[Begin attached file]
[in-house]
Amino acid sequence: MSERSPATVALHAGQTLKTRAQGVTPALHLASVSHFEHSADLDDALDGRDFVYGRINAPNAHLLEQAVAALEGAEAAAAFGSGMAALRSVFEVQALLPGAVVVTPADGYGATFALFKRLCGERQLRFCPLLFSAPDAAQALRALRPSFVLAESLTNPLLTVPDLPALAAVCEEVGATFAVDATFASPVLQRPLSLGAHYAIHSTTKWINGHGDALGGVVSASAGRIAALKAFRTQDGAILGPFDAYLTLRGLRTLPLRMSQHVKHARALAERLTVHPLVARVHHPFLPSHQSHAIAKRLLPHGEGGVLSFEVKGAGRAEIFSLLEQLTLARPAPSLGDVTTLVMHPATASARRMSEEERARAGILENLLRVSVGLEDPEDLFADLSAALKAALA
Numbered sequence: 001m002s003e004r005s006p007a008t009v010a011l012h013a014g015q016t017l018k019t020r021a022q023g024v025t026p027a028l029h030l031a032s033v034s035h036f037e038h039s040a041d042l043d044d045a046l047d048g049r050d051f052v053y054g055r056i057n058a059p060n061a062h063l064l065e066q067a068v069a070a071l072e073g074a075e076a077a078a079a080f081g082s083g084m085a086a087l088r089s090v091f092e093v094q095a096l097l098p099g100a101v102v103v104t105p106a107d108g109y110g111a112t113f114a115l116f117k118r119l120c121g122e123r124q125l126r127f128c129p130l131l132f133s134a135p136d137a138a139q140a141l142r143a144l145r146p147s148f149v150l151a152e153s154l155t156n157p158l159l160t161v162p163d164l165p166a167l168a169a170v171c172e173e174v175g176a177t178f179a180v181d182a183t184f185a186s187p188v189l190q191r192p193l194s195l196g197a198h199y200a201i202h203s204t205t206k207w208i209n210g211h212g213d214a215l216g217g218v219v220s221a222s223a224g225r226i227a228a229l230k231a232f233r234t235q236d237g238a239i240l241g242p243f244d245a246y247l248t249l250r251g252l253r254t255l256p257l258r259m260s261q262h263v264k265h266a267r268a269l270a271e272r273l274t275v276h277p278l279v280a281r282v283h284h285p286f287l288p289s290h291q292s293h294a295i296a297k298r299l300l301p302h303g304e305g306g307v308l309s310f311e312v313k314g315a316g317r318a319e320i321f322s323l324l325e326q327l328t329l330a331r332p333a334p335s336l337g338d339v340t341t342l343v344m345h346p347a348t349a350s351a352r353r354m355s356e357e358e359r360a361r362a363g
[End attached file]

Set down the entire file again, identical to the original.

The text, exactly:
[in-house]
Amino acid sequence: MSERSPATVALHAGQTLKTRAQGVTPALHLASVSHFEHSADLDDALDGRDFVYGRINAPNAHLLEQAVAALEGAEAAAAFGSGMAALRSVFEVQALLPGAVVVTPADGYGATFALFKRLCGERQLRFCPLLFSAPDAAQALRALRPSFVLAESLTNPLLTVPDLPALAAVCEEVGATFAVDATFASPVLQRPLSLGAHYAIHSTTKWINGHGDALGGVVSASAGRIAALKAFRTQDGAILGPFDAYLTLRGLRTLPLRMSQHVKHARALAERLTVHPLVARVHHPFLPSHQSHAIAKRLLPHGEGGVLSFEVKGAGRAEIFSLLEQLTLARPAPSLGDVTTLVMHPATASARRMSEEERARAGILENLLRVSVGLEDPEDLFADLSAALKAALA
Numbered sequence: 001m002s003e004r005s006p007a008t009v010a011l012h013a014g015q016t017l018k019t020r021a022q023g024v025t026p027a028l029h030l031a032s033v034s035h036f037e038h039s040a041d042l043d044d045a046l047d048g049r050d051f052v053y054g055r056i057n058a059p060n061a062h063l064l065e066q067a068v069a070a071l072e073g074a075e076a077a078a079a080f081g082s083g084m085a086a087l088r089s090v091f092e093v094q095a096l097l098p099g100a101v102v103v104t105p106a107d108g109y110g111a112t113f114a115l116f117k118r119l120c121g122e123r124q125l126r127f128c129p130l131l132f133s134a135p136d137a138a139q140a141l142r143a144l145r146p147s148f149v150l151a152e153s154l155t156n157p158l159l160t161v162p163d164l165p166a167l168a169a170v171c172e173e174v175g176a177t178f179a180v181d182a183t184f185a186s187p188v189l190q191r192p193l194s195l196g197a198h199y200a201i202h203s204t205t206k207w208i209n210g211h212g213d214a215l216g217g218v219v220s221a222s223a224g225r226i227a228a229l230k231a232f233r234t235q236d237g238a239i240l241g242p243f244d245a246y247l248t249l250r251g252l253r254t255l256p257l258r259m260s261q262h263v264k265h266a267r268a269l270a271e272r273l274t275v276h277p278l279v280a281r282v283h284h285p286f287l288p289s290h291q292s293h294a295i296a297k298r299l300l301p302h303g304e305g306g307v308l309s310f311e312v313k314g315a316g317r318a319e320i321f322s323l324l325e326q327l328t329l330a331r332p333a334p335s336l337g338d339v340t341t342l343v344m345h346p347a348t349a350s351a352r353r354m355s356e357e358e359r360a361r362a363g